By Jason Paul
Remember that girl in high school with the jet black hair, the Black Flag T-shirt and the worn out Chuck Taylor’s? Maybe she quietly worked in the library and read Maximumrocknroll and Hunter S. Thompson? If your fantasy girl ever fit this description, chances are the Suicide Girls have recruited her.
Once an ambivalent party novelty started by a few girls from Los Angeles, the Suicide Girls delirium has grown to epic proportions. Although the Suicide Girls turn a large chunk of profit from their membership based website (suicidegirls.com), they’re mostly renowned for their live burlesque shows. With a veritable cornucopia of tattoos and piercings, the Girls present a decidedly alternative look at our more traditional ideas of beauty and sexuality.
The Suicide Girls show is a polemic post-modern take on the burlesque shows that originated in the ’30s featuring striptease and low-brow humour. The girls still wear the frilled hot-pants of yesteryear and honour their roots with some Betty-Boop style maneuvers, but thematically, the shows have evolved from their forebears. Not to mention, the featured music is a contemporary aural delight. One segment involves a rocker girl stripping to “You Shook Me All Night Long”, while simultaneously opening and chugging several beers. She then proceeds to pour them on herself and most of the audience. Another segment features a reenactment of the infamous gasoline dousing scene in Tarantino’s Reservoir Dogs, complete with a dismembered prosthetic ear. In another piece, one of the more disturbing in the show, a masochistic girl, stabs her teddy bear with a pair of scissors and then makes motions across her body and neck as if to cut herself, all to the The Pixies “Tame”. These segments succeed in portraying some of the more buried aspects of our culture.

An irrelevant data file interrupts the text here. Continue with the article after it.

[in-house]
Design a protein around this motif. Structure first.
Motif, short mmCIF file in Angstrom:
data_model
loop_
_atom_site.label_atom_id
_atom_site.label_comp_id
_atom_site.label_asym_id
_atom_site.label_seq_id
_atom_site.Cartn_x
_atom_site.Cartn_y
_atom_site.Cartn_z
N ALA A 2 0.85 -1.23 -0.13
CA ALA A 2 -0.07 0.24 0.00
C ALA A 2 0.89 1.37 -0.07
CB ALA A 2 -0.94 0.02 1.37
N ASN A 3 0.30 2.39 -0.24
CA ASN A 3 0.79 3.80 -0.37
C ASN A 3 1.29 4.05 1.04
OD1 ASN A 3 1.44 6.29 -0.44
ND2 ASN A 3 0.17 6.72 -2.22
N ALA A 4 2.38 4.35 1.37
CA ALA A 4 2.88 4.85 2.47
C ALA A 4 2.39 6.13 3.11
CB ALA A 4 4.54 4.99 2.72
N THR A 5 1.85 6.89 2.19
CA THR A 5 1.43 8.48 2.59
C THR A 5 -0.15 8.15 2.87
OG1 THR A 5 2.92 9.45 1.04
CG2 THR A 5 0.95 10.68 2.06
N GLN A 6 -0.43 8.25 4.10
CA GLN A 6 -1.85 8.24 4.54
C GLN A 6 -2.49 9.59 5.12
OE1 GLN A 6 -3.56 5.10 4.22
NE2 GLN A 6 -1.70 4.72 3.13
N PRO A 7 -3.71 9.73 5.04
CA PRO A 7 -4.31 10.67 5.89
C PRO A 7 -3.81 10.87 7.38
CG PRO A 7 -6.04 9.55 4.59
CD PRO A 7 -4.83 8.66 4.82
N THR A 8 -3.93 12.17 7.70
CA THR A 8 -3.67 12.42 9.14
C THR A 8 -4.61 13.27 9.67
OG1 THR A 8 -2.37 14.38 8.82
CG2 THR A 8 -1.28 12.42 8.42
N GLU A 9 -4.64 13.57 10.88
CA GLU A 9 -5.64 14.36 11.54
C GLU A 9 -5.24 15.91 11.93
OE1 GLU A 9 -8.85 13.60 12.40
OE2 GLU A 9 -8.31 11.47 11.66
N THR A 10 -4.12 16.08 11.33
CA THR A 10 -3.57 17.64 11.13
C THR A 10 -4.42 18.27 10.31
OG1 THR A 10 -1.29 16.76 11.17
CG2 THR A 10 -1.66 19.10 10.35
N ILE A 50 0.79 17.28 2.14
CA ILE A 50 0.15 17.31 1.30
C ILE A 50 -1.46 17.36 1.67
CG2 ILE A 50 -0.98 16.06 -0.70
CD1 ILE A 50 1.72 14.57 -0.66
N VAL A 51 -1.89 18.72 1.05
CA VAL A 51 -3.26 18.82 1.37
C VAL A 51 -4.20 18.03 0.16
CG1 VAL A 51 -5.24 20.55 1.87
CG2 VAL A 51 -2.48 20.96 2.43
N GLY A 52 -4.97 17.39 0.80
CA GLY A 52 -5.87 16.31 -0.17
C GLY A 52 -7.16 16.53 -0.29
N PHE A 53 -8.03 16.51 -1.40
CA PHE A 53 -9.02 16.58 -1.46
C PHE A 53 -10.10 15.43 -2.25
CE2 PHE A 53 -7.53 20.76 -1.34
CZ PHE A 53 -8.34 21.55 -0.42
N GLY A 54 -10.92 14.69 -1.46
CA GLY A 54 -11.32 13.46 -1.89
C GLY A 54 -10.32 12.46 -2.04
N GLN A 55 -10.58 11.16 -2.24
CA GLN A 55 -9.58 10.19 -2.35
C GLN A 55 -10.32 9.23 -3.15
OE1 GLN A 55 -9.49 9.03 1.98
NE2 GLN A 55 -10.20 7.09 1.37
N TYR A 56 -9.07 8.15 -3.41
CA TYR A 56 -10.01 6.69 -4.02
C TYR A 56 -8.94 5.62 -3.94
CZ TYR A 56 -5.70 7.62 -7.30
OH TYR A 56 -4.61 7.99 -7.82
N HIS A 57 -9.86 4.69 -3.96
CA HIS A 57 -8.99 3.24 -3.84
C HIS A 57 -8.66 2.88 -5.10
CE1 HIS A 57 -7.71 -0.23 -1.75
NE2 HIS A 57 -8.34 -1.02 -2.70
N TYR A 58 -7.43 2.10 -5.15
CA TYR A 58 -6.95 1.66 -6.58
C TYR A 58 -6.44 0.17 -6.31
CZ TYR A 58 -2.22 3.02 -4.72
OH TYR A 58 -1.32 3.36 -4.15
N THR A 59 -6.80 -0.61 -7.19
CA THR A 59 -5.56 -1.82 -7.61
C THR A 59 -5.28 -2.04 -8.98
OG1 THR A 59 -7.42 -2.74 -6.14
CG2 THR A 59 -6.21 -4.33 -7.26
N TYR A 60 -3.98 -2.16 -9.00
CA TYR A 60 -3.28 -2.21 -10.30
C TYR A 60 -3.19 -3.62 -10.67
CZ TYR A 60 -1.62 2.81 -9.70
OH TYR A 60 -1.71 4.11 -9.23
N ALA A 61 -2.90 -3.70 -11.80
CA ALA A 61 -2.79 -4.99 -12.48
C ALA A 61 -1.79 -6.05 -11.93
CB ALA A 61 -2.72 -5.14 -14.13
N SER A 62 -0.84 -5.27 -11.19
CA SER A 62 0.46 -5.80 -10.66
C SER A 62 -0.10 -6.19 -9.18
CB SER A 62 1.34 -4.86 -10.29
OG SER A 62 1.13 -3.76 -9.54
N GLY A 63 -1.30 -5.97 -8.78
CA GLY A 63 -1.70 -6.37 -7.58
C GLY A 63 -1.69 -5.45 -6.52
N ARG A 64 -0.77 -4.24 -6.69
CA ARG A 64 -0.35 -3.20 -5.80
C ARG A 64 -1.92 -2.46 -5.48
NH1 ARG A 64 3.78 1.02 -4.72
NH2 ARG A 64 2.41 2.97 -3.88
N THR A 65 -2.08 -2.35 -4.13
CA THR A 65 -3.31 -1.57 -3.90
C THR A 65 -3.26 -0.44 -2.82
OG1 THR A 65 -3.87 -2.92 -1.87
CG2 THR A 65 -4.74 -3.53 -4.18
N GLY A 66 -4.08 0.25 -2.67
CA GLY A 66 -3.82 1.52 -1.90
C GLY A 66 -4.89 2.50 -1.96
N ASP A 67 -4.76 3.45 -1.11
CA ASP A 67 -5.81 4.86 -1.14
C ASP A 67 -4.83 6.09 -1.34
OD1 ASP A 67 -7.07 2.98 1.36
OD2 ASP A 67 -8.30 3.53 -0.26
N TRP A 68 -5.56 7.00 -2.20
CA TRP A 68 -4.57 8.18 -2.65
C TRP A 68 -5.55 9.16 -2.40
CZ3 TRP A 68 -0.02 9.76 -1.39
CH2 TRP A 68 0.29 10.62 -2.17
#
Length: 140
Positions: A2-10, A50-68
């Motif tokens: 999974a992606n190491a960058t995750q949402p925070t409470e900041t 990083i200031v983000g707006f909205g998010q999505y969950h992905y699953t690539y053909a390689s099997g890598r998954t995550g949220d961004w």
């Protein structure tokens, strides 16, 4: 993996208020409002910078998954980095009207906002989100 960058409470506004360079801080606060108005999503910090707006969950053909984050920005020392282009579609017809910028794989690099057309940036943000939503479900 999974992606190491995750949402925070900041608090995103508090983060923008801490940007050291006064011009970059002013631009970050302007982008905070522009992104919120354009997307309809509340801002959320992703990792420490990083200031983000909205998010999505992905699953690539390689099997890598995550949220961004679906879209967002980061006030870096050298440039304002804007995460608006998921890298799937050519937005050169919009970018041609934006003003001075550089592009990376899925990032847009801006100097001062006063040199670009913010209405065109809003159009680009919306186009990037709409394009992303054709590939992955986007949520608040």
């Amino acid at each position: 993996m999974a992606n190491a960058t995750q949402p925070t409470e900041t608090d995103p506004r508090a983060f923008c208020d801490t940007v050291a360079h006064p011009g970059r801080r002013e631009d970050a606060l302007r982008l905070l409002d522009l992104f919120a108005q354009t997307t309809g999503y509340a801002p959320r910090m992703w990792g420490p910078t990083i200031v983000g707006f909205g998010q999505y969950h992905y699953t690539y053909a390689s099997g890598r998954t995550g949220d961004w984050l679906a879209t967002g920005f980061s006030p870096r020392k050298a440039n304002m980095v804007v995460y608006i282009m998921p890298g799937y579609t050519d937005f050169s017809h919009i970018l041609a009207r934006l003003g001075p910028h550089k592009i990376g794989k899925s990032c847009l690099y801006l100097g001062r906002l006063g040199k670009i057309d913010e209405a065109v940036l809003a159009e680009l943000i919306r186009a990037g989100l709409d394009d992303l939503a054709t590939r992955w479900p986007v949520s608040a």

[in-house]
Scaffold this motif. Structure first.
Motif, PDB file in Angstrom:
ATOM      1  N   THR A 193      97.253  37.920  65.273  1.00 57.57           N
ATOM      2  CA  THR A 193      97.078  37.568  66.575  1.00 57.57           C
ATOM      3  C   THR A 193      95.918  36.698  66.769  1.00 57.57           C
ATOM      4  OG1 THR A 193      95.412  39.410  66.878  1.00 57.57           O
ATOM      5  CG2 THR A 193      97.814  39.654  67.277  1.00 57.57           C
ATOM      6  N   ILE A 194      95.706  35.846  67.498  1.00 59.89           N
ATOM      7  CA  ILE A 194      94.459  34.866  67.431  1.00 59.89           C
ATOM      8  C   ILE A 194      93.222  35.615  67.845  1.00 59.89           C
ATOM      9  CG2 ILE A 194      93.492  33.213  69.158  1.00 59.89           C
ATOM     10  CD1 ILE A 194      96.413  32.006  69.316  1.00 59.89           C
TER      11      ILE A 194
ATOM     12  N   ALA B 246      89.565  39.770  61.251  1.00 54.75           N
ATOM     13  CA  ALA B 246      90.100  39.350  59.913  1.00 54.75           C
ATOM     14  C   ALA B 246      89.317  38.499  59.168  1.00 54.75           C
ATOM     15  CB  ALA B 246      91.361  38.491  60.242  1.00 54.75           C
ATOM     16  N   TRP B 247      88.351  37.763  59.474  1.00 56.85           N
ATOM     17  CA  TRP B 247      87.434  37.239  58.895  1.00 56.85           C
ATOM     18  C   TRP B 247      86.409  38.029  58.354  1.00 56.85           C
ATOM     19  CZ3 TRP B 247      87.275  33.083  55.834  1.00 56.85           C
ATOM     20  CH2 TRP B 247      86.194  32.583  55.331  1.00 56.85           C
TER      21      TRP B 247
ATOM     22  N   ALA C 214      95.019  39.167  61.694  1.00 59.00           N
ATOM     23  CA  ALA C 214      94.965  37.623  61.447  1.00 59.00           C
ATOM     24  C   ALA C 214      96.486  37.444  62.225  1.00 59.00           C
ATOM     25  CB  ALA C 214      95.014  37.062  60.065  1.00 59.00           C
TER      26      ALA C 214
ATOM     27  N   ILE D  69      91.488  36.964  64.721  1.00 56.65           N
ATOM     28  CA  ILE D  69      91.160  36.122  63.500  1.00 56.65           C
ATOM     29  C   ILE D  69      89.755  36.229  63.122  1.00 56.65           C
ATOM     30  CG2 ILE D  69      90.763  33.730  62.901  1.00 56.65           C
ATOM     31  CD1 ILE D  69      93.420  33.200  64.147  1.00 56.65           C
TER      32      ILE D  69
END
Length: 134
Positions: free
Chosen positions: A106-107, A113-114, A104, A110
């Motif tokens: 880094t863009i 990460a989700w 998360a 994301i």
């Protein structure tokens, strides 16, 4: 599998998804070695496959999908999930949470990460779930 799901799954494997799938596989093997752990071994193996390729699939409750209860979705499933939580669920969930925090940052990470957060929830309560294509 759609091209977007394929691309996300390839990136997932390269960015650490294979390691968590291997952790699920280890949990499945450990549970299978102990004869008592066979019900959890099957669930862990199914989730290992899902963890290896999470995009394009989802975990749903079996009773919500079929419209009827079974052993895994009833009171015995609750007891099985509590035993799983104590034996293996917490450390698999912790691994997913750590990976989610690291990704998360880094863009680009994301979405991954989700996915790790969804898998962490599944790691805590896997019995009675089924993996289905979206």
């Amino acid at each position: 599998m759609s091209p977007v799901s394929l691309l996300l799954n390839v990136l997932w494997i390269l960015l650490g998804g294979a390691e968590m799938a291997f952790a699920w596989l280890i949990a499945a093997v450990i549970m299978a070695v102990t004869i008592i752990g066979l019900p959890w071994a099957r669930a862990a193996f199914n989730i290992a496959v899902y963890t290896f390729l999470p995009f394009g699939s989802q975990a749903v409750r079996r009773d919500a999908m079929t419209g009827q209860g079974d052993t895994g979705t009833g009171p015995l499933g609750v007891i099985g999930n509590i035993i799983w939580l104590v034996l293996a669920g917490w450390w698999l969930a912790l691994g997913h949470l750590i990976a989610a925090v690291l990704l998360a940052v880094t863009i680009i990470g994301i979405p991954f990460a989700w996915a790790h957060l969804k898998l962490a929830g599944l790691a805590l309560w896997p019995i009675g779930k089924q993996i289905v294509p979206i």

The Suicide Girls attract just as many female aficionados as male ones. This could be a by-product of the pervasive humour throughout; a “Mrs. Robinson” scene had the entire audience in stitches. The wit of the show works, because the kind of jokes arising from the more sexual aspects of human nature allows everyone to laugh. The audience becomes part of this cultural retrospective and in a way, part of the show. This, added to the fact that the women on stage aren’t trying to typify the silicone injected Barbie image, attributes to the show’s universality.
The Suicide Girls Traveling Burlesque show has been heralded as a cultural phenomenon. The show truly does express a social commentary promoting its ubiquity. And for those of you who dreamed about that cute girl with the lip ring and the “Misfits Fiend Club” membership, your time has arrived. When it comes down to it though, it’s just a bunch of interesting people looking to have some good clean fun. Unless of course you enjoy being sprayed with beer, chocolate sauce and Reddi-Whip-then it’s dirty fun.